What is Vision Therapy
Vision therapy is a doctor-supervised, non-surgical treatment program designed to correct and improve certain vision problems and visual skills. Unlike eyeglasses or contacts that compensate for vision problems, the goal of vision therapy is to teach the visual system how to correct itself. Vision therapy is highly customized to address each patient’s specific visual challenges. As such, vision therapy may include the use of lenses, prisms, metronomes and balance boards.
How it Works
Vision therapy, also referred to as vision training, neuro-vision therapy, or vision rehabilitation, is an optometry subspecialty. Vision therapy is prescribed to develop, improve and/or enhance visual function so an individual’s vision system functions more smoothly. Vision therapy can be beneficial for individuals of all ages. The goal of treatment is to help ameliorate vision problems and improve a patient’s quality of life by maximizing vision performance and comfort.
How Vision Therapy Works
In order to understand how vision therapy can improve your vision, it is important to understand exactly how the brain creates an image. At the most basic level, a nerve cell sends and receives electrical signals from sensory neurons. This input and output is used to process visual images. Throughout their life, neural networks continually reinforce themselves in response to new experiences. Body-mind interaction is an important part of this learning process. While the quantity of neurons does not increase, new connections between these neurons can be built at any age. The more frequently a pathway is stimulated, the stronger the pathway becomes and the faster the transmission along this pathway will be. The goal of vision therapy is to reinforce and strengthen these new pathways.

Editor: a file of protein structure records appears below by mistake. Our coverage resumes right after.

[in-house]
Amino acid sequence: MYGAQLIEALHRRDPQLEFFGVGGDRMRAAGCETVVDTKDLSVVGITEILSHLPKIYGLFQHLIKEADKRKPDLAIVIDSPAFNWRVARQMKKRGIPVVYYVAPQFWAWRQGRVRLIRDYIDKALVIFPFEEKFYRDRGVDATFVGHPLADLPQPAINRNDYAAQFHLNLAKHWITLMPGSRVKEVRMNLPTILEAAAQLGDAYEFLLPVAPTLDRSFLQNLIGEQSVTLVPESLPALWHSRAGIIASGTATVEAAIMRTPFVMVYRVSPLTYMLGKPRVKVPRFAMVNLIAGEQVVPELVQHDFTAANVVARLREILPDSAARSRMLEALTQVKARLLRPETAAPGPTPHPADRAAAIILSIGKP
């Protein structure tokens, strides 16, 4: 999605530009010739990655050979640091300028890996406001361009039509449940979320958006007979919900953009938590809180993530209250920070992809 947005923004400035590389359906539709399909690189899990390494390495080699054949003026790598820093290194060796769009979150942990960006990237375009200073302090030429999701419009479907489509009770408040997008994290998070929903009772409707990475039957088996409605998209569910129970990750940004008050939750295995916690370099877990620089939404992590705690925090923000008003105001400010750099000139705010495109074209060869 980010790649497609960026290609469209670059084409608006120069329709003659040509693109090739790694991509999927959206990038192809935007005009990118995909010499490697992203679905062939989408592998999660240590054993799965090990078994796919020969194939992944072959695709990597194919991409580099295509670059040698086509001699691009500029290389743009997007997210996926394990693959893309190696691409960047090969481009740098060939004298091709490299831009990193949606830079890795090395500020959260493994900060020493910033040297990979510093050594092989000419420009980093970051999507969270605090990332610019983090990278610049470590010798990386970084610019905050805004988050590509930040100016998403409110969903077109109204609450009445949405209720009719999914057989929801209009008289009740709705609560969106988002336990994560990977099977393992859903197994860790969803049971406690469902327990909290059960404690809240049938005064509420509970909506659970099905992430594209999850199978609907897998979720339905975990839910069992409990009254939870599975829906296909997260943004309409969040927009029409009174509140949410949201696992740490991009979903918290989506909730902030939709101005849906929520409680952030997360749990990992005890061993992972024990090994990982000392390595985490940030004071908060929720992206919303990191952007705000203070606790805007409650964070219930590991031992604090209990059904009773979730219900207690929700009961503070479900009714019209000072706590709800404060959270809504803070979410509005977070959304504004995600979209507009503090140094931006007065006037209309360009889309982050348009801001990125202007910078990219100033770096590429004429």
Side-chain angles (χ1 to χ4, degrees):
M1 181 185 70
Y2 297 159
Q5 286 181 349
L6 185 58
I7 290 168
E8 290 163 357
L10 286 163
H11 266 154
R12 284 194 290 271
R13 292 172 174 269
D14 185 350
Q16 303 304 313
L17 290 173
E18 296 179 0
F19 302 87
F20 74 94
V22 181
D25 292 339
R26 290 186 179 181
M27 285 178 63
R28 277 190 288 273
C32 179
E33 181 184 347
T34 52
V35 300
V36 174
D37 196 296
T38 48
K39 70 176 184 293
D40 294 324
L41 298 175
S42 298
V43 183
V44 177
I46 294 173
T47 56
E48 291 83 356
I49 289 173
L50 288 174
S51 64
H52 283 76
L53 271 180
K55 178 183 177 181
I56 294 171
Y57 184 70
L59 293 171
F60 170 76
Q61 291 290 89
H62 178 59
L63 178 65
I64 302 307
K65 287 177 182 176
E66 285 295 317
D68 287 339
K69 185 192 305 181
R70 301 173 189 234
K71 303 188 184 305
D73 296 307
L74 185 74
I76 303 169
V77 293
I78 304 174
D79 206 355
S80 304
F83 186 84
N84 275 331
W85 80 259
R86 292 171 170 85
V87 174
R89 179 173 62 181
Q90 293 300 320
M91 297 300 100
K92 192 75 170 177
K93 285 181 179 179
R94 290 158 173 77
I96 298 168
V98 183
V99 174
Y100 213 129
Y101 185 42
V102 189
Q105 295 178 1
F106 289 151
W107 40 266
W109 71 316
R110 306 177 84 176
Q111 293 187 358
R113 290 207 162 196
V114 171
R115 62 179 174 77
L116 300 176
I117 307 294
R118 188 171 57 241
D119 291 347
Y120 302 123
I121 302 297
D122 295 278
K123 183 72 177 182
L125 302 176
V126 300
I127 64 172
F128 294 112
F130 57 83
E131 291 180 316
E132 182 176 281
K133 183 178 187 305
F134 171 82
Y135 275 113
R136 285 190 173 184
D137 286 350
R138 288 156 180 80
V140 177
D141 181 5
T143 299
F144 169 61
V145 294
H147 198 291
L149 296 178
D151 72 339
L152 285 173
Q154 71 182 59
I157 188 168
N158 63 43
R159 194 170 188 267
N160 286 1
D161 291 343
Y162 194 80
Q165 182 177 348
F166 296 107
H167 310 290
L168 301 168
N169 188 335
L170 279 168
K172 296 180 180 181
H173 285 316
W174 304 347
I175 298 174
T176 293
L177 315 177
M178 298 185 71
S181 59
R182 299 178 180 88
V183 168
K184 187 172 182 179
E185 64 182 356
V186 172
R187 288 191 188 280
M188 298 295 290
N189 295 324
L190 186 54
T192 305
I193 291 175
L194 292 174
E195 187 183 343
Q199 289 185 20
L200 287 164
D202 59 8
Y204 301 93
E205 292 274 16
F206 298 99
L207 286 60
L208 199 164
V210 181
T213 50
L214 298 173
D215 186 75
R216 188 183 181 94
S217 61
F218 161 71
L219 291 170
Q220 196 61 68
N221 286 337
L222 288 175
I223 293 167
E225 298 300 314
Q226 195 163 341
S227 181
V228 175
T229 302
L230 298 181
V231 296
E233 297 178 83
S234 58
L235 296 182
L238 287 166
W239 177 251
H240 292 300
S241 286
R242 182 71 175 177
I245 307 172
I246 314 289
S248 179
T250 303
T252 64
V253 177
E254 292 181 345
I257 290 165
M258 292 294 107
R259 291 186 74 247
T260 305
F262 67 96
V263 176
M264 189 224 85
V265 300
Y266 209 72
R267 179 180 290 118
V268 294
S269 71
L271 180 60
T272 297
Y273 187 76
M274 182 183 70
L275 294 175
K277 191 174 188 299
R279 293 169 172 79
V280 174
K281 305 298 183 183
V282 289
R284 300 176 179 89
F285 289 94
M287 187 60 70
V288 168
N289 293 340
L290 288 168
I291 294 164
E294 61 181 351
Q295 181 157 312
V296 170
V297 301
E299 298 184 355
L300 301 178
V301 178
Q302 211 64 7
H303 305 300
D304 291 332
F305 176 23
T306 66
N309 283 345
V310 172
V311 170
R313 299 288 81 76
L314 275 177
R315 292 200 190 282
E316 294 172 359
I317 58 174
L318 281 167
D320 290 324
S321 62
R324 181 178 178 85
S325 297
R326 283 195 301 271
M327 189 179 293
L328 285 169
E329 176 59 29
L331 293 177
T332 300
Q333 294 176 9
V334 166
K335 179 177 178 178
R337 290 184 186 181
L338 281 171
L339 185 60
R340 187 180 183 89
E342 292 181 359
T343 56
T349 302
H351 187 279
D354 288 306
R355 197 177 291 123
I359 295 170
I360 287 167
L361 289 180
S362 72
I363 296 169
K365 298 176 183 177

There are several similarities between occupational therapy and vision therapy, especially when it comes to improving hand-eye coordination and visual motor integration. However, vision therapists have completed more in-depth training in the field of visual motor integration, as well as the use of lenses, prisms, and filters.
Who Benefits from Vision Therapy?
Vision therapy is especially beneficial for individuals with ocular motor dysfunctions, binocular dysfunctions, accommodative dysfunctions, visual motor and visual perception disorders, learning-related vision problems, traumatic brain injuries, myopia control, amblyopia, and strabismus. Vision therapy may also be prescribed for patients seeking sports vision enhancement.
Vision therapy is customized to meet the needs of an individual. For example, if you are seeking sports performance enhancement, you will receive therapy designed to improve visual processing speeds, reaction times, visual endurance, accuracy, and eye teaming. Individuals with vision-related learning difficulties will receive therapy that focuses specifically on improving the visual input skills and visual processing skills required for efficient reading, writing, spelling and mathematics.
Depending on a patient’s needs, vision therapy may last anywhere between six weeks to one year. Most problems can be improved with bi-weekly sessions over two to three months, as determined by an eye care professional.
How Vision Therapy Helps
The goal of vision therapy is to treat vision problems that cannot be fully addressed through eyeglasses, contact lenses or surgery. For example, studies show that vision therapy may be beneficial for addressing eyestrain and other issues that can affect a child’s reading abilities. The human brain has significant neuroplasticity, which means it can change its structure and function in response to external stimuli. This neuroplasticity is present not only in childhood, but also into adulthood. As a result, custom vision therapy programs can help bring about neurological changes that correct vision problems for improved visual perception and performance.
What Vision Therapy Treats